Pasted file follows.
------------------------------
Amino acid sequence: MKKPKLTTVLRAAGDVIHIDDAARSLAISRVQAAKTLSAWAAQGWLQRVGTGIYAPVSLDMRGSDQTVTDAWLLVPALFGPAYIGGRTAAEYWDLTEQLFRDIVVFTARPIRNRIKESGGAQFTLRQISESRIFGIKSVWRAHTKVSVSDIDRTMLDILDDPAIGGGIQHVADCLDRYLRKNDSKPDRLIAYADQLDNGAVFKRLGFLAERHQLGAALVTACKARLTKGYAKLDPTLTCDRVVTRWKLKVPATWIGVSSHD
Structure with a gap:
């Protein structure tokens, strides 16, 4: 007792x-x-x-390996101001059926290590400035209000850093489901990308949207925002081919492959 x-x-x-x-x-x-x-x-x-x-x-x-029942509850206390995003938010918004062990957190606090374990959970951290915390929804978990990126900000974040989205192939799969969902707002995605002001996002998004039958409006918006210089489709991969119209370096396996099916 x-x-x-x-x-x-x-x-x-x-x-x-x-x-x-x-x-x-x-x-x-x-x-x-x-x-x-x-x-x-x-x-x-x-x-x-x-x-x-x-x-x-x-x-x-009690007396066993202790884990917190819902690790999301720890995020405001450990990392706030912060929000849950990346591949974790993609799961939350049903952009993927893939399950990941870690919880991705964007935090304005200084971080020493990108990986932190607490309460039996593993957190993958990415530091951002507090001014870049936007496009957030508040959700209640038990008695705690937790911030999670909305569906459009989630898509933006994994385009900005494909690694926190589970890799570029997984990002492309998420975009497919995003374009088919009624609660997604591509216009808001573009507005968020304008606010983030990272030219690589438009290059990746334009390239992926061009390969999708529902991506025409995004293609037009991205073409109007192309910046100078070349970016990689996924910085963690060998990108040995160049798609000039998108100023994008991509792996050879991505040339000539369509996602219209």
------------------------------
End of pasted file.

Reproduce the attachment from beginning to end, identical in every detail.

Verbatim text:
Amino acid sequence: MKKPKLTTVLRAAGDVIHIDDAARSLAISRVQAAKTLSAWAAQGWLQRVGTGIYAPVSLDMRGSDQTVTDAWLLVPALFGPAYIGGRTAAEYWDLTEQLFRDIVVFTARPIRNRIKESGGAQFTLRQISESRIFGIKSVWRAHTKVSVSDIDRTMLDILDDPAIGGGIQHVADCLDRYLRKNDSKPDRLIAYADQLDNGAVFKRLGFLAERHQLGAALVTACKARLTKGYAKLDPTLTCDRVVTRWKLKVPATWIGVSSHD
Structure with a gap:
């Protein structure tokens, strides 16, 4: 007792x-x-x-390996101001059926290590400035209000850093489901990308949207925002081919492959 x-x-x-x-x-x-x-x-x-x-x-x-029942509850206390995003938010918004062990957190606090374990959970951290915390929804978990990126900000974040989205192939799969969902707002995605002001996002998004039958409006918006210089489709991969119209370096396996099916 x-x-x-x-x-x-x-x-x-x-x-x-x-x-x-x-x-x-x-x-x-x-x-x-x-x-x-x-x-x-x-x-x-x-x-x-x-x-x-x-x-x-x-x-x-009690007396066993202790884990917190819902690790999301720890995020405001450990990392706030912060929000849950990346591949974790993609799961939350049903952009993927893939399950990941870690919880991705964007935090304005200084971080020493990108990986932190607490309460039996593993957190993958990415530091951002507090001014870049936007496009957030508040959700209640038990008695705690937790911030999670909305569906459009989630898509933006994994385009900005494909690694926190589970890799570029997984990002492309998420975009497919995003374009088919009624609660997604591509216009808001573009507005968020304008606010983030990272030219690589438009290059990746334009390239992926061009390969999708529902991506025409995004293609037009991205073409109007192309910046100078070349970016990689996924910085963690060998990108040995160049798609000039998108100023994008991509792996050879991505040339000539369509996602219209």